Human Insecurity and the Challenge of Voter Turnout at Elections in Nigeria 1999-2019

Andza, Moses Saa-Aondo (2022)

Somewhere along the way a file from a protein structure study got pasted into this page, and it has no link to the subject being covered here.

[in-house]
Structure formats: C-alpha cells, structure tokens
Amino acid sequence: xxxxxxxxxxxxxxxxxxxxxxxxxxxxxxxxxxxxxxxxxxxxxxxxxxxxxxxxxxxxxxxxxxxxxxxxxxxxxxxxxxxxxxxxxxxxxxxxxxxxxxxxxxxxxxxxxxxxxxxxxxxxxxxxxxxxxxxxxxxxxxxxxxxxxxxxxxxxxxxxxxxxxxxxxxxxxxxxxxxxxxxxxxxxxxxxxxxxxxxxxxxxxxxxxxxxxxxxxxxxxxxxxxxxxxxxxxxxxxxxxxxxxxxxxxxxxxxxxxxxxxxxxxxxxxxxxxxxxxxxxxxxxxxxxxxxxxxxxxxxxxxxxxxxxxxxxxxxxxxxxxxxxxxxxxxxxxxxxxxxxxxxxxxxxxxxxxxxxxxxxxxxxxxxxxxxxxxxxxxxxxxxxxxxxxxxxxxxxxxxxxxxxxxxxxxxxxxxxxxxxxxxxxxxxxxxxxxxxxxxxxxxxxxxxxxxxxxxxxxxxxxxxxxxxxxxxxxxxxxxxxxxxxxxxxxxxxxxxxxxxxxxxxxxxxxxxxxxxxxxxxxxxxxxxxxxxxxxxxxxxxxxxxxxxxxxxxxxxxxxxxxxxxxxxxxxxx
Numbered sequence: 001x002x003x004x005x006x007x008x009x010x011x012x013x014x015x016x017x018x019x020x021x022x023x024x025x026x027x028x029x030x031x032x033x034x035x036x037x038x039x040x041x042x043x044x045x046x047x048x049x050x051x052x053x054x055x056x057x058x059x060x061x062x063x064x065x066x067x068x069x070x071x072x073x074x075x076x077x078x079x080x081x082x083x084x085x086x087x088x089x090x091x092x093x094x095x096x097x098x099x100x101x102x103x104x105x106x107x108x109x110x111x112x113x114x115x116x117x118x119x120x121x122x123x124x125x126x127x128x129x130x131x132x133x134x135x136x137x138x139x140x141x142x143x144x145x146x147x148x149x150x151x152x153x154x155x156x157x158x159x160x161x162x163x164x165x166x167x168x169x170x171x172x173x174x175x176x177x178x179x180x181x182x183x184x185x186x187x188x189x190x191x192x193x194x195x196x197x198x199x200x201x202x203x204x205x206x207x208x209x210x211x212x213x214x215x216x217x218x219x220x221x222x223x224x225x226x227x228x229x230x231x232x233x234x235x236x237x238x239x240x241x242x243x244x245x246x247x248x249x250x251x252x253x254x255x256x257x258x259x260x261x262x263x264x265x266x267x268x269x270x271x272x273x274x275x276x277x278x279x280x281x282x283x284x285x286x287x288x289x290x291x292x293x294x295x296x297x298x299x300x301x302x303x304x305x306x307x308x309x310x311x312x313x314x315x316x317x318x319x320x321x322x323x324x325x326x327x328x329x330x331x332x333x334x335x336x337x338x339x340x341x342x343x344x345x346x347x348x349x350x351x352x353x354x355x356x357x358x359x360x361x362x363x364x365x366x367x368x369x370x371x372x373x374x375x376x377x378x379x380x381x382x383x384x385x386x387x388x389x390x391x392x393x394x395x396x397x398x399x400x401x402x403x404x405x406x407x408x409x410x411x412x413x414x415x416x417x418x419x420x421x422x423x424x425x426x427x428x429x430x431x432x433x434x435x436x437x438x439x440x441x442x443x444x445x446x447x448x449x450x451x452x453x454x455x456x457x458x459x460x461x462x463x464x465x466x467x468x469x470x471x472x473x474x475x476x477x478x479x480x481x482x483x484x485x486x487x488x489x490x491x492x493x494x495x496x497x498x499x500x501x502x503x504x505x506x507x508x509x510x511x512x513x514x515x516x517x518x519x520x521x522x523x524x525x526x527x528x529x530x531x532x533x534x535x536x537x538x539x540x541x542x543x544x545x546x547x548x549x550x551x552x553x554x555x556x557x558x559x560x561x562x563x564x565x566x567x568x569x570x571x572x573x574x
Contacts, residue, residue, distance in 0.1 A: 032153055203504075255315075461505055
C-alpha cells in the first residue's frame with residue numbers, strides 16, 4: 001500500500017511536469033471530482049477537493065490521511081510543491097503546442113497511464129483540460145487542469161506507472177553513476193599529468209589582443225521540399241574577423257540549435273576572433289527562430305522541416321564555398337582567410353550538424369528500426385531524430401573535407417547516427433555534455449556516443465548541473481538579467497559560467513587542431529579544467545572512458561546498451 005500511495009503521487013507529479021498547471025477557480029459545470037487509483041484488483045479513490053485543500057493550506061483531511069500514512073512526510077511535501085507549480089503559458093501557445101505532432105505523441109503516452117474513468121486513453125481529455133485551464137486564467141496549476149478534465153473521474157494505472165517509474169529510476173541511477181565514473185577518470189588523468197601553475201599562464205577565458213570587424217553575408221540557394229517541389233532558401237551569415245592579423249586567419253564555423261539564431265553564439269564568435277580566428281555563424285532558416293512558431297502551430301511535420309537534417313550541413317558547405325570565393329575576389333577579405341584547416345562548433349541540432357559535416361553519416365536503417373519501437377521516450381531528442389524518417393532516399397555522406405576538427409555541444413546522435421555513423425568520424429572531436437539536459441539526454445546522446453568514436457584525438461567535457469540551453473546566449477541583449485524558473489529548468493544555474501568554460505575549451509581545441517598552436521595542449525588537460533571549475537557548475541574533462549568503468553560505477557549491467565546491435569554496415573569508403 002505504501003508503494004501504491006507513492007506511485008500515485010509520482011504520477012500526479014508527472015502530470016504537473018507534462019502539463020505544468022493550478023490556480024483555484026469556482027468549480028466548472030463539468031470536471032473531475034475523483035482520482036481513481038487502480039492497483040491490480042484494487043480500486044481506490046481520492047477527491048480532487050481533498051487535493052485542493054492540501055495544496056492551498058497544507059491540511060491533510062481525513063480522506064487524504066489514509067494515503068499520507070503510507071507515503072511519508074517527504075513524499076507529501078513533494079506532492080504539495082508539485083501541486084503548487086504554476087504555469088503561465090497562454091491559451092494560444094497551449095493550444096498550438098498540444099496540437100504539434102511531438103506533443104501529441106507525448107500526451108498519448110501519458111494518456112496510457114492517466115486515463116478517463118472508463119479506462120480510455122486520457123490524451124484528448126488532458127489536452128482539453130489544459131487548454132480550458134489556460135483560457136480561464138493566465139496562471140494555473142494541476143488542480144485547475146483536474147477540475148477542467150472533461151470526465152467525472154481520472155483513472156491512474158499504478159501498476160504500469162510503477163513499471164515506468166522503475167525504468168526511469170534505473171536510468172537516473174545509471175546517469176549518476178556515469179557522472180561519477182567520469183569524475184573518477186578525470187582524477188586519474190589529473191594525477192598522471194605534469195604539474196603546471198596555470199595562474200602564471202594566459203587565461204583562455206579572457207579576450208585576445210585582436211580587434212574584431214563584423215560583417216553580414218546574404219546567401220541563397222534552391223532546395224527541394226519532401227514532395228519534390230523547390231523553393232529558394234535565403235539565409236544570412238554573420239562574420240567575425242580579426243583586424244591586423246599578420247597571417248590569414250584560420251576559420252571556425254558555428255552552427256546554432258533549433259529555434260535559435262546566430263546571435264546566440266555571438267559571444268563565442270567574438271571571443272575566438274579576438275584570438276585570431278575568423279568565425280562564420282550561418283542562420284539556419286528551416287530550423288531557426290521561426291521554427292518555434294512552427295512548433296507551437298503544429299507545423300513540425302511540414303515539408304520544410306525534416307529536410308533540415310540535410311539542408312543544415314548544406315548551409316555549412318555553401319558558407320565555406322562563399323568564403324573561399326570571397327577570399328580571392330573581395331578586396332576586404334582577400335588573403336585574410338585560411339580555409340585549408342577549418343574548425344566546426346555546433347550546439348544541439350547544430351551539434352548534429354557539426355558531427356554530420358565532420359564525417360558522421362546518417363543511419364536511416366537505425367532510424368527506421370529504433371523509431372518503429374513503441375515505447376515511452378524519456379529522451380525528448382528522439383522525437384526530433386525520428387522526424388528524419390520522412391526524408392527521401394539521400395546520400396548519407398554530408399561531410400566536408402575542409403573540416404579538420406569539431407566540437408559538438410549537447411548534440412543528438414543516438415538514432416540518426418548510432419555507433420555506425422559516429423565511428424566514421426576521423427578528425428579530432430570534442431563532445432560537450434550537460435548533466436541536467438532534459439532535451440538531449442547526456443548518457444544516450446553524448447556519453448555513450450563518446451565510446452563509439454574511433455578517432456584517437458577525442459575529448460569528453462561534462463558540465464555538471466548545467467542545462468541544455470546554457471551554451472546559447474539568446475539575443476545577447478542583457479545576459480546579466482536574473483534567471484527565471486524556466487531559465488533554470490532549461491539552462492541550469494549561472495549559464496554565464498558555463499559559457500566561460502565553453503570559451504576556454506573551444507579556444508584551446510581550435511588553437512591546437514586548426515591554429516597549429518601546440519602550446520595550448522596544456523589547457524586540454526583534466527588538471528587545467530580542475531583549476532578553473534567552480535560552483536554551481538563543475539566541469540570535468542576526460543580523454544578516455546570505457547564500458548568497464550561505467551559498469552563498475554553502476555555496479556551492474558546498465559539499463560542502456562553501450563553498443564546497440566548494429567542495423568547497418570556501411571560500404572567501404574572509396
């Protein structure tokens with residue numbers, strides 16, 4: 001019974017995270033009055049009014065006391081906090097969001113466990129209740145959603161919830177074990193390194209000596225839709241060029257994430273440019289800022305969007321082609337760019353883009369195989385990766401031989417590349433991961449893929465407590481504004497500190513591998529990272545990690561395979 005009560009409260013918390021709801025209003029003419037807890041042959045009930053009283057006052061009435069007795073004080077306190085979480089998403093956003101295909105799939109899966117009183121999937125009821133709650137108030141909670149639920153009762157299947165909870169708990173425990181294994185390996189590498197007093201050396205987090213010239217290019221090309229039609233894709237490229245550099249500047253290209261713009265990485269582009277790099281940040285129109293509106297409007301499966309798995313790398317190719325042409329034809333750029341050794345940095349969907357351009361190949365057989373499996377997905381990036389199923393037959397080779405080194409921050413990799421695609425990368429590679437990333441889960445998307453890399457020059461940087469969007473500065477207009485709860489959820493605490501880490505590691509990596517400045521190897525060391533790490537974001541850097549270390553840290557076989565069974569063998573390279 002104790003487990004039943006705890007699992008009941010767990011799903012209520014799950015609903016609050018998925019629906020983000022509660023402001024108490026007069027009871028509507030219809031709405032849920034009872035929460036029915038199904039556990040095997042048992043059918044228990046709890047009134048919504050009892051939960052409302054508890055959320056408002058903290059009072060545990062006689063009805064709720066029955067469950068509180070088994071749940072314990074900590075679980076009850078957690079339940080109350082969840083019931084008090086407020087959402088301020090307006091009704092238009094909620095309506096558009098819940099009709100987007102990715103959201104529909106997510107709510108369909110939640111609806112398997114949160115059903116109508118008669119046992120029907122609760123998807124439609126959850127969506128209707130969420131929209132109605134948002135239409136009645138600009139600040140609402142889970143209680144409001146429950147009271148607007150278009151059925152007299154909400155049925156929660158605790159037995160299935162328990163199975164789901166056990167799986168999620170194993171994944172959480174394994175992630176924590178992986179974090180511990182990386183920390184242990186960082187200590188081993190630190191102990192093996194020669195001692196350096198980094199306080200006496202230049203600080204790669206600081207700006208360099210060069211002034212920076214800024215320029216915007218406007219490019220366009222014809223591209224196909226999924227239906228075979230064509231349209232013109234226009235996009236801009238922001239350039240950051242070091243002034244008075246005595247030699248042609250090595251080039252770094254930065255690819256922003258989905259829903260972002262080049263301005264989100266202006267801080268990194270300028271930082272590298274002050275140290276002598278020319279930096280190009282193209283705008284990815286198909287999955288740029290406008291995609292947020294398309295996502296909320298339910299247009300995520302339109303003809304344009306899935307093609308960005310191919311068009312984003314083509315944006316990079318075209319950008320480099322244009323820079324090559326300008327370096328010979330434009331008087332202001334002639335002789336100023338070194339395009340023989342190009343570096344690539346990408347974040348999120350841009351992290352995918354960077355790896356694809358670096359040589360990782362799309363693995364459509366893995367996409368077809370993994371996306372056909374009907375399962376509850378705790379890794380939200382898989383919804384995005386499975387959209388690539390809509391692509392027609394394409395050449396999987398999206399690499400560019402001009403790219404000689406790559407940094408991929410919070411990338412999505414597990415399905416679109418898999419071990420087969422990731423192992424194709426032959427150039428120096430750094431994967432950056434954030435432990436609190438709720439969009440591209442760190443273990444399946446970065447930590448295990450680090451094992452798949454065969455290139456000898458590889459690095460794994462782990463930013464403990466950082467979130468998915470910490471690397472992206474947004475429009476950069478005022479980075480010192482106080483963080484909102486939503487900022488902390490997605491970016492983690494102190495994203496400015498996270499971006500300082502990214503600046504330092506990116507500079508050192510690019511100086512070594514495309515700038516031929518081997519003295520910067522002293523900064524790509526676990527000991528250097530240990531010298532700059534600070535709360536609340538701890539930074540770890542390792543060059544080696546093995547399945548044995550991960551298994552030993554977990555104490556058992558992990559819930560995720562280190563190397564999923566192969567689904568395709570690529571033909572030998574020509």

Nigeria’s Fourth Republic has successively witnessed decline in voter turnout at elections. This is in spite of the humongous amount of money expended on the conduct of elections in the country. Although authors have explored the situation, human insecurity as a causative factor of the phenomenon seems not to attract their attention. This paper therefore explores human insecurity in Nigeria and the seeming intractable challenges it poses to voter turnout at elections in the country. Analytical research method was employed for this study and the social contract theory espoused as a framework of analysis. The study found that human insecurity permeates Nigeria’s landscape as people are constrained by lack of economic wherewithal to meet life’s basic necessities and the fear of the avalanche of criminal elements in the country and even government security agents to turnout for elections. This, the paper found, has negatively impacted voter turnout as the percentages of voter turnout has declined from 52.26 percent in 1999 to 34.95 percent in the 2019 general elections. The paper concludes that voter turnout at elections in Nigeria may further decline if human insecurity in the country continues unabated. The paper recommends productive engagement of Nigeria’s most active population and redistribution of state resources to tame the clamour for resource control which often results to conflicts and/or crises that snowballs into human insecurity and consequently scare people away from elections.